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Trampoline Safety Tips


Published in Safety on April 25, 2017.

Spring has officially sprung, and while the days may feel cold, warmer weather is just around the corner. April is when we bring our patio furniture out of storage, fire up the grill, and begin enjoying time outdoors. For some of us, it’s also time to take an inaugural jump on the trampoline. Whether you’re setting up your own, or your children are begging to jump on the neighbor’s new toy, heed these tips to keep your kids safe on trampolines.

An Increase in Trampoline-Related Injuries

According to a recent study published in the medical journal Pediatrics, trampoline injuries have increased in recent years. The study’s authors point to an increase in the popularity of trampoline parks driving the trend. In 2014, there were nearly 7,000 pediatric emergency department visits from trampoline park-related injuries, and an additional 90,000 due to other trampolines (home, school, recreational facilities, etc). The most commonly coded injuries are dislocations, fractures, contusions, and concussions.

Trampoline injuries can be serious, especially when they involve children. That’s why the American Academy of Orthopedic Surgeons (AAOS) warns against using them in any playground, home, or school setting.

How Can I Keep My Family Safe?

Unfortunately, it’s not always feasible to keep your kids in a bubble, they will likely encounter a trampoline at a friend’s house, birthday party, or recreational outing, even if you don’t have one in your own yard. Observe the following safety tips the next time your kids want to head out for some bouncing fun:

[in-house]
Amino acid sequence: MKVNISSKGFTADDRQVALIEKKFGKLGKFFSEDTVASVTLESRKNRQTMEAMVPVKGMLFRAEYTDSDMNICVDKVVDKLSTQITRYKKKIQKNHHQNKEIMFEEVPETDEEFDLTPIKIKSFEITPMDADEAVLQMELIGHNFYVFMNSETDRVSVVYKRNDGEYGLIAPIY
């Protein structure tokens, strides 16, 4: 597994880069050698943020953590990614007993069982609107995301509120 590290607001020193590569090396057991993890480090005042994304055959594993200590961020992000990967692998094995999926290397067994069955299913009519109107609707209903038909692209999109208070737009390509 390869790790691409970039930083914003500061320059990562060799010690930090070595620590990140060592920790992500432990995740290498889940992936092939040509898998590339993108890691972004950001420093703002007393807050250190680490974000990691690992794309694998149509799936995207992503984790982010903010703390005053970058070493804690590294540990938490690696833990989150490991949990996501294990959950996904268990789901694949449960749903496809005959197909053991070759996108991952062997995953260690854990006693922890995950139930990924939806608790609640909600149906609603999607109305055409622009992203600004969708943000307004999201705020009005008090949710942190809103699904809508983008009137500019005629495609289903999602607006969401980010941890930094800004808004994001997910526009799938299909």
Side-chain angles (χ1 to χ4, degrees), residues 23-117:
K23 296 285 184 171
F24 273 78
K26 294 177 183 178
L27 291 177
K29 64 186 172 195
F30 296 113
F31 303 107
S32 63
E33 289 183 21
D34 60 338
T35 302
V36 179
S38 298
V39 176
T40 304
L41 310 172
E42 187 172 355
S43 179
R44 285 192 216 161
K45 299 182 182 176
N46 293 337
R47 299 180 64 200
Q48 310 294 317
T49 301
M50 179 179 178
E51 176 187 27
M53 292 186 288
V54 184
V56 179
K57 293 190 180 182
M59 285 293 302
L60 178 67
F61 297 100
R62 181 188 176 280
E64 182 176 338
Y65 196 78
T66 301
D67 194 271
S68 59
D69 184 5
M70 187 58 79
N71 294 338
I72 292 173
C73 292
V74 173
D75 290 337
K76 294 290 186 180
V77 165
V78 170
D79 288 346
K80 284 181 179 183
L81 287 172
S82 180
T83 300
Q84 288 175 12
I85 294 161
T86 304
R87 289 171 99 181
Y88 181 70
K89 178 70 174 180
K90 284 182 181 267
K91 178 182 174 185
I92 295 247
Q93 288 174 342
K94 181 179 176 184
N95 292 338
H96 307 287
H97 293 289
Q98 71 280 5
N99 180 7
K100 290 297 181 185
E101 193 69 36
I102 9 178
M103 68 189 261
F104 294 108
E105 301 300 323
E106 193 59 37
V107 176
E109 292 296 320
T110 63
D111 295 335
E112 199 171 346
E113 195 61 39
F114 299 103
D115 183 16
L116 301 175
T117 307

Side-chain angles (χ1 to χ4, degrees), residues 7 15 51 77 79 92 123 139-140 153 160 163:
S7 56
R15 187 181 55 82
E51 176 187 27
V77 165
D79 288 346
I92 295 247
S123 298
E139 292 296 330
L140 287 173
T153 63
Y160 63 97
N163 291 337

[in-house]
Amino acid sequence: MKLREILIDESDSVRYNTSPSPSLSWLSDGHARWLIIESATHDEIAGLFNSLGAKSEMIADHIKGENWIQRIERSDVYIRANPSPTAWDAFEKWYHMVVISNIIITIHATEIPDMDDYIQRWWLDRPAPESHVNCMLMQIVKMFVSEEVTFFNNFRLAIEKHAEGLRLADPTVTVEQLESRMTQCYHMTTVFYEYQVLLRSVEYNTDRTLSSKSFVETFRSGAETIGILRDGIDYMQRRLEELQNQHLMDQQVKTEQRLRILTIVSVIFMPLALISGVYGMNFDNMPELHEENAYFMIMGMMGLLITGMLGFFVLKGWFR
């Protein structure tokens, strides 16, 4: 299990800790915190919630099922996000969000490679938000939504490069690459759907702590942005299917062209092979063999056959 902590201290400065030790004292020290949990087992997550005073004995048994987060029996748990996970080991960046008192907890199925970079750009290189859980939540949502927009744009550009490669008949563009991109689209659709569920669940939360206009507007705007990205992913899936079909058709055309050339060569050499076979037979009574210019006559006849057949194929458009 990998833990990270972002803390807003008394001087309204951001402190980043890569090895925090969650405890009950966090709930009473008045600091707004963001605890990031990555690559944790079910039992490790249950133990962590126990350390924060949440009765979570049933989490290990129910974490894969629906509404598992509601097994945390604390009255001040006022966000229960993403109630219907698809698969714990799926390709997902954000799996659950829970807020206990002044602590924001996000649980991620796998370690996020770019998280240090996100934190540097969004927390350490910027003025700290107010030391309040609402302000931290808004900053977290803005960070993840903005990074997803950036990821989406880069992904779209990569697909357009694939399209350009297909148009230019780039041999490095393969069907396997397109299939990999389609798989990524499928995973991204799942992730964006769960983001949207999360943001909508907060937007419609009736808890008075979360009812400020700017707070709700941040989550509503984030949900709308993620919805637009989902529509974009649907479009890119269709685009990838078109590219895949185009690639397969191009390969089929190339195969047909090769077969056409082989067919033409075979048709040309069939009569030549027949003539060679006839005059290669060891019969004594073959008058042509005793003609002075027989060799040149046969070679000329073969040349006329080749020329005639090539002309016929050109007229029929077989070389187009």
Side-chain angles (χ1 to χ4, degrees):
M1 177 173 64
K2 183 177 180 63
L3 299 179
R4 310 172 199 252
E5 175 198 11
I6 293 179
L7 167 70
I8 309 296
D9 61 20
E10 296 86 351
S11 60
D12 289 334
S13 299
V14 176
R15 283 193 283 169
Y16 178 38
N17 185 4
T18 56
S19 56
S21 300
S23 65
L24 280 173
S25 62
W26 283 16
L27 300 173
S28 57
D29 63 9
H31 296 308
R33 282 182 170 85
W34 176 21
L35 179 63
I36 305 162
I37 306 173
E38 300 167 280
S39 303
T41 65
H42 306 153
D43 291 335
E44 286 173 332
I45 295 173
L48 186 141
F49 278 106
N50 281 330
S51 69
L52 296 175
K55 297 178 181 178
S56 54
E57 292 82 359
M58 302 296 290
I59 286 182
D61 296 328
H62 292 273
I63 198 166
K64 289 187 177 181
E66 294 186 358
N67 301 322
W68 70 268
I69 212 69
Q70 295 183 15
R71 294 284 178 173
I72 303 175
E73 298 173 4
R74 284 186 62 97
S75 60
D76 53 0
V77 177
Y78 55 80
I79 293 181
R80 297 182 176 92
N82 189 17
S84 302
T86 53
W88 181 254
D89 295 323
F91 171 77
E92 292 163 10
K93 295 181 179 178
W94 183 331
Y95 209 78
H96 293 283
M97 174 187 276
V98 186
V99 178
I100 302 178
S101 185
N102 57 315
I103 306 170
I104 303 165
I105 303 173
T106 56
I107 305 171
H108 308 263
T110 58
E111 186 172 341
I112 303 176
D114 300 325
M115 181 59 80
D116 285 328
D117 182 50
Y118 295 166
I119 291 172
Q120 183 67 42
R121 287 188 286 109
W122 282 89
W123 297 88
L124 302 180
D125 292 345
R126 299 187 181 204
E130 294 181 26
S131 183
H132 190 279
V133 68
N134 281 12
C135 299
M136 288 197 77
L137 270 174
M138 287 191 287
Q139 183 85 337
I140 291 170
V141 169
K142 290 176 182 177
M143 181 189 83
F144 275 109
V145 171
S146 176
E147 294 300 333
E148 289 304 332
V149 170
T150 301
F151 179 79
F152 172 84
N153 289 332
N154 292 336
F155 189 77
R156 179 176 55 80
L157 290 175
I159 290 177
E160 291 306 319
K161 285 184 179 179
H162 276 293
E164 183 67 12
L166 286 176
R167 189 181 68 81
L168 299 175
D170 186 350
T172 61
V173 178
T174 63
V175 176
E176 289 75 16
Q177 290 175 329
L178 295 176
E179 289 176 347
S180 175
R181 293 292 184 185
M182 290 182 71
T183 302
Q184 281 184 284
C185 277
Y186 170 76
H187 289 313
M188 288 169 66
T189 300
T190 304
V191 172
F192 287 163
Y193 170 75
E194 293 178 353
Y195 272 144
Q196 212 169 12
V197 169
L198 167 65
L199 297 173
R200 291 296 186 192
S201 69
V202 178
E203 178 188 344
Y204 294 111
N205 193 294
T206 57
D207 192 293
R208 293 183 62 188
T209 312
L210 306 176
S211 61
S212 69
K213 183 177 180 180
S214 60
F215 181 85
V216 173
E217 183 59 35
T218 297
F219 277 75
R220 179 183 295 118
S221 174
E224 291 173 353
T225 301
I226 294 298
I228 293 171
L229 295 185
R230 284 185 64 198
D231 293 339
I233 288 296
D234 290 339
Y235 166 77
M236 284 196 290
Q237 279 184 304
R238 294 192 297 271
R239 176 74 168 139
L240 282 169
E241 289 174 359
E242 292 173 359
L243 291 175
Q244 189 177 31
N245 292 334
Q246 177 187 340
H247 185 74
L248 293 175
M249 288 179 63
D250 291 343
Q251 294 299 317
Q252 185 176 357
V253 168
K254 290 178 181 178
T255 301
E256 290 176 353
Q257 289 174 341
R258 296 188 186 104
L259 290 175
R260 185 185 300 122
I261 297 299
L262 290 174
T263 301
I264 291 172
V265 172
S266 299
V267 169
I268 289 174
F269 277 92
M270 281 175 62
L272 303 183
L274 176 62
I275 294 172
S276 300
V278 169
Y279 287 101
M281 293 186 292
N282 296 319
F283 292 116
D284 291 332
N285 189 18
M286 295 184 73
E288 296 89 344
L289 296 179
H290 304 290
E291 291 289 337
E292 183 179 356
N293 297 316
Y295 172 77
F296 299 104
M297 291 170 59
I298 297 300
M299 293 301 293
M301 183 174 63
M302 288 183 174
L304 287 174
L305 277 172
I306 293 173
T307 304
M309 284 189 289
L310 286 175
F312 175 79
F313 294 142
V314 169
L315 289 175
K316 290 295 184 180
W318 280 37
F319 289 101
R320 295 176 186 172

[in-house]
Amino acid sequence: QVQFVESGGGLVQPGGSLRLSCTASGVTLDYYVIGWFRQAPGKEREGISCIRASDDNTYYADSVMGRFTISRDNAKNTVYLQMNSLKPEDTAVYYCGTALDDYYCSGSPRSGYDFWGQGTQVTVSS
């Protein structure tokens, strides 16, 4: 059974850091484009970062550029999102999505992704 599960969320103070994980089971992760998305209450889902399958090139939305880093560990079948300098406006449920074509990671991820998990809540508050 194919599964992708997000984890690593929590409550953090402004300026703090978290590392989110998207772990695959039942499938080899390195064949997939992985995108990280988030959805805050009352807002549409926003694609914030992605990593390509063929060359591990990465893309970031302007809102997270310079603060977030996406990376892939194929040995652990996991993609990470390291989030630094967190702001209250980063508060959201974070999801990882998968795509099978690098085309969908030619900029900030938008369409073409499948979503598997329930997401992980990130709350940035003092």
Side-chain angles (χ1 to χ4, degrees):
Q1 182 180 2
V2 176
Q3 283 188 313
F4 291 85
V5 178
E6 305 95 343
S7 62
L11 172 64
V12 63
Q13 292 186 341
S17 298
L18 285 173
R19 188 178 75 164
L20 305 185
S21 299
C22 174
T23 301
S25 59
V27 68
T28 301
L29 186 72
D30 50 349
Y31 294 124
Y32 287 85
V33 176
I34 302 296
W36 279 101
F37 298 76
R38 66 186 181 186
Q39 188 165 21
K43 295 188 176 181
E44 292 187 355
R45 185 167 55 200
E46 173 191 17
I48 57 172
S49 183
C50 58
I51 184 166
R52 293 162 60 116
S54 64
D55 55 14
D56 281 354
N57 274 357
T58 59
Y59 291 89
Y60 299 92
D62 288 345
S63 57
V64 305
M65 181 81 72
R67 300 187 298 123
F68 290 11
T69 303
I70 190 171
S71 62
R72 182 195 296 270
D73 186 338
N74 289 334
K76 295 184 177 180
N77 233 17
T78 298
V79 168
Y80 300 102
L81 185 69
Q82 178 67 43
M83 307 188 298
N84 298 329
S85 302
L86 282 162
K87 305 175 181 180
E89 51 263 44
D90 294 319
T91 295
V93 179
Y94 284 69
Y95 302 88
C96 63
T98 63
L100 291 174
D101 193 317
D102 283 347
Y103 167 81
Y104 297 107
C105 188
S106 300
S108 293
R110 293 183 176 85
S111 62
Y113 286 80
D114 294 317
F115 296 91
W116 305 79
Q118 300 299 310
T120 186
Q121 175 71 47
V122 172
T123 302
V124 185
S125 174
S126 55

• Encourage age-appropriate use. Trampoline use can be a great way for older children to burn off energy, but they’re not appropriate for children under 6. According to the AAOS, younger children lack the coordination to control bouncing and will fly off when it gets too intense. If you have a trampoline in your own yard, remove any ladders, so your younger children can’t get onto a trampoline while unsupervised.
  • Always provide adequate supervision. Supervise older children while they’re using the trampoline, even if you think they’re mature enough to follow directions. Never allow children and teens to do somersaults or other tricks without protective gear. Keep in mind that the children most likely to report to the emergency department for trampoline-related injuries are males with a median age of 13.
  • Pad and lower your trampoline. If you have your own trampoline, take extra steps to make it safer. Experts suggest lowering the unit to the ground to minimize risk of injury. Outfit the trampoline with extra padding around the bars to minimize risk of concussion, and consider adding padding to the ground to cushion falls.
  • Read the manual. When putting together your trampoline for the first time, read all the instructions. Be sure to follow all specific directions for assembling the frame, and read up on maximum weight limits before letting your children take their first bounce.
  • Only allow one jumper at a time. On smaller home units, only one bouncer should occupy the trampoline at a time. This prevents children from losing control and being tossed around. On the other hand, kids think teamwork-based games are often part of the fun. If you’re going to let more than one child on at a time, make sure they are evenly matched in height and weight.

If going to a trampoline park, try to plan your visit at “off-peak” times. Some facilities have designated hours for toddlers and preschoolers to protect their little bodies from being tossed around. In general, the fewer guests in attendance, the less risk for injury. Always follow all safety rules and regulations.